The other embuggerance we found is that until you gain your sailing licence you aren’t allowed to tour Fiji. Stupidly, it requires another application to the Customs staff after you have booked in. We did it through the Marina office and it took a further three days to be organised and for us to be called into the Customs office to finish the paperwork off, a total of a week after we arrived. Why it isn’t done automatically with the information you supply with your advance notice C2 paperwork, I don’t know. Once you have the licence, there is a second requirement to phone in to Customs with your plans once a week so they can track you as you go through the islands.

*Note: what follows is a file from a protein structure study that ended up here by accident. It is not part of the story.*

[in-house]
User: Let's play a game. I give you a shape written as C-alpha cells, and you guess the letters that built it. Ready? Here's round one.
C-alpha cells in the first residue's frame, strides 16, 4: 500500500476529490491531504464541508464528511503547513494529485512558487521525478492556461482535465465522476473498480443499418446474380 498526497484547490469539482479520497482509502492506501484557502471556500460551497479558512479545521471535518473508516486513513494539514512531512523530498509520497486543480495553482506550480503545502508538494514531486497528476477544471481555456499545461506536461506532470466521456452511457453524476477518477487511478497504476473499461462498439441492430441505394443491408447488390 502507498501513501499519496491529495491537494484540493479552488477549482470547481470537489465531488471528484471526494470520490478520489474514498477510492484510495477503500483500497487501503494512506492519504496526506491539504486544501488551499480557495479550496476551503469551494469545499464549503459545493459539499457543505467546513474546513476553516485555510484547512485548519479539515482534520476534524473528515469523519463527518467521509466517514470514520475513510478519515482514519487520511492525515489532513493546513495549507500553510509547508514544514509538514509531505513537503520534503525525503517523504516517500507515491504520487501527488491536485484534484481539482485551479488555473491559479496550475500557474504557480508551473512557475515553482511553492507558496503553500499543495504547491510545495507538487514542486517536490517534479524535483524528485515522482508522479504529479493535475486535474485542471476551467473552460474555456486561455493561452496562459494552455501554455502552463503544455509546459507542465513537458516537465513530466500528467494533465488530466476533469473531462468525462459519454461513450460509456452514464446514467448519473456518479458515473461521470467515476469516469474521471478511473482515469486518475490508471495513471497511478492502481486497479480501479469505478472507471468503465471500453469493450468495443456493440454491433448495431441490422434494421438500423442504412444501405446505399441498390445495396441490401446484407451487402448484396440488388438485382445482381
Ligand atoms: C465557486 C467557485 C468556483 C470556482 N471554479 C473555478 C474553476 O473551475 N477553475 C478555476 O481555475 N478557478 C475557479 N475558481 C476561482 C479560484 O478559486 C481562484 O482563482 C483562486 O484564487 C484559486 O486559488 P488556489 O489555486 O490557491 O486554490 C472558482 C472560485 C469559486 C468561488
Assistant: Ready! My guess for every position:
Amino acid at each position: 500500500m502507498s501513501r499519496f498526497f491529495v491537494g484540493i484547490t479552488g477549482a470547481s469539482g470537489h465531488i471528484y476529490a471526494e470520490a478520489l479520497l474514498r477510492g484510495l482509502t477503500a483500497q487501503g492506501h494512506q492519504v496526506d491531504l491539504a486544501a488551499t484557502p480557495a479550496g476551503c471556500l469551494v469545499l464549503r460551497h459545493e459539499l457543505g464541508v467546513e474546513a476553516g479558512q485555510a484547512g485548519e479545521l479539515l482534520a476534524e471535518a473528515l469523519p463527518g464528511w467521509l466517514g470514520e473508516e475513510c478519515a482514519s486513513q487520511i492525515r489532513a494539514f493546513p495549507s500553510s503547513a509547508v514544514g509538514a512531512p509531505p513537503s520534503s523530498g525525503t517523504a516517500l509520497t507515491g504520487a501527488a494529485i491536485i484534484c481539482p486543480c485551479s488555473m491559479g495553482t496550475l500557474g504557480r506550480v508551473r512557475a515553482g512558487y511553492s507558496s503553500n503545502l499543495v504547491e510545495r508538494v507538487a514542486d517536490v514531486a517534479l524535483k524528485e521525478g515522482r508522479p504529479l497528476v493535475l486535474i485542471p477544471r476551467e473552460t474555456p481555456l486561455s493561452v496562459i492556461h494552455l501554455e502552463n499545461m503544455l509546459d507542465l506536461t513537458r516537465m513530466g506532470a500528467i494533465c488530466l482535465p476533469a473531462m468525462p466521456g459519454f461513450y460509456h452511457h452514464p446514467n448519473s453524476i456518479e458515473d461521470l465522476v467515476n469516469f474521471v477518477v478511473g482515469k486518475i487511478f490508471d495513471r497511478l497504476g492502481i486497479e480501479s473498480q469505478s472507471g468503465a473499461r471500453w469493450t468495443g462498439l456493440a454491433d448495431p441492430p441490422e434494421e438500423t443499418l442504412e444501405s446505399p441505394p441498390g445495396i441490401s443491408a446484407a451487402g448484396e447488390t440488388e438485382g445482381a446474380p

We had a fantastic week at the Copra Shed Marina, sitting properly still for the first time after all the fast jumps we had had since Tahiti and met some good people. It took a few days to work out that we knew Ding from Opua when he had been parked beside ZigZag and we had mutual friends in Gill and Alastair of Starcharger. We had a good day watching Scotland beat the Aussies and then the Lions match afterwards. There are three marinas in Savusavu. You have the Yacht Club, a mile or so up E outside the town. This is home to the long term liveaboards that have decided not to leave Fiji. We were invited down one evening for a pot luck supper which was great fun. They are a nice crowd. It was great to meet Jimmy, a 15yr vet of Fiji who has now qualified for residence. His story of building a platform on his newly gained land with an ISO container and putting a yurt up on top to live in until the house is finished is inspirational!